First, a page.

The bottom line is that investing in a stock with a 8% growth (stock + dividends) will give you all of that 8% because inflation will be 0% for decades. At 8% your money doubles in 9 10% it doubles in 7. The S&P 500 grew 13.5% in 2012 and 29.6% in 2013.

Buying Stocks on US Exchanges

The US stock markets are the largest and most liquid in the world. Despite the recent problems with financial products like swaps and derivatives companies listed on the US exchanges are under strict regulation and generally their financial reports can be trusted.

If you want to invest in "emerging economy" companies it is safer if you limit your candidates to those listed on US exchanges. Their stock prices will include not only their growth in business value but also the growth in the value of their "head office currency". For example a Chinese company listed on the NYSE will be subject to US financial reporting rules but its gain will include the growth of the Yaun against the USD.

The other case is a US headquartered company with most of its business done in non-US markets. General Electric is a good example because over 50% of its revenues come from non-US sales and operations (probably the new General Motors as well). While developing economies are likely to have appreciating currencies you should continuously monitor the currency risk even for US headquartered companies.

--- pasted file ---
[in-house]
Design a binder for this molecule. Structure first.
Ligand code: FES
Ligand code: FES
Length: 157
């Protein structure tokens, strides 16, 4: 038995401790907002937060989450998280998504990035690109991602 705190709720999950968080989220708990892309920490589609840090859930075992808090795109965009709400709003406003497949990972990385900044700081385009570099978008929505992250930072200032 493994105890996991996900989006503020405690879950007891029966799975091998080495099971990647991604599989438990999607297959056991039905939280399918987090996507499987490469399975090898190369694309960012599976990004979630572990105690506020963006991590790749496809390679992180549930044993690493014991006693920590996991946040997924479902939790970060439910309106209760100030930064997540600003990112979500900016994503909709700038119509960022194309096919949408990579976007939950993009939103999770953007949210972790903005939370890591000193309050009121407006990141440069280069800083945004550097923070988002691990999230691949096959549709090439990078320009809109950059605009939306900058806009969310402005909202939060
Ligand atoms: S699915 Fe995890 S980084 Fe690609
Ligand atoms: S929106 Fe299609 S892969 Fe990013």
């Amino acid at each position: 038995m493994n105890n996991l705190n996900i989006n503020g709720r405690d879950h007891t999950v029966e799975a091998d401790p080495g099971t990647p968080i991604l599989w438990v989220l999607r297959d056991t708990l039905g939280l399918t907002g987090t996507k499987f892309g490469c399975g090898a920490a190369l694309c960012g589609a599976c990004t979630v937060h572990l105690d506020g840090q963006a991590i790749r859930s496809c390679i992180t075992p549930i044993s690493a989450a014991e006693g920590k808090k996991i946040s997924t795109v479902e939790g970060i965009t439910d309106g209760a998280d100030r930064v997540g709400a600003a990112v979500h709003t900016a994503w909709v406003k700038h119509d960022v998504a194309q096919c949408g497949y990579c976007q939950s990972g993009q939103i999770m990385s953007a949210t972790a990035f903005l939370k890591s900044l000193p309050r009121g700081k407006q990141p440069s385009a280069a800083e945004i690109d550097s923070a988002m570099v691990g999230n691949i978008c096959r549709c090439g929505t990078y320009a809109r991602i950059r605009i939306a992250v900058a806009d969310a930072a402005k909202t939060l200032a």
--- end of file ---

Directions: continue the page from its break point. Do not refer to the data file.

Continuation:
Choosing a Stock on a US Exchange

Sooty has done some of the work to help identify stocks that are worth investigating. These are not "buy" recommendations. Sooty is a fellow investor not a financial advisor.

On the "candidates" page you will find three sections; one for each of stocks listed on the NASDAQ, NYSE and AMEX exchanges. Included for each exchange (about 3000 stocks in each) is a spreadsheet in CSV format along with financial performance measures extracted from the "Key Statistics" section from Yahoo Finance.

The tables on US candidates page only show dividend paying foreign companies listed on each of the US exchanges.

It is suggested you read the lecture on shipping companies to understand the kind of investment strategy Sooty recommends. Shippers are exactly the kind of stock you should look at because; 1) they adhere to US rules, 2) they are foreign companies (mostly Greek), 3) they have foreign customers, and 4) they pay dividends.

If you are still interested in buying US traded companies through these tough economic times proceed to:

              Sooty's Table of Candidate Stocks on US Exchanges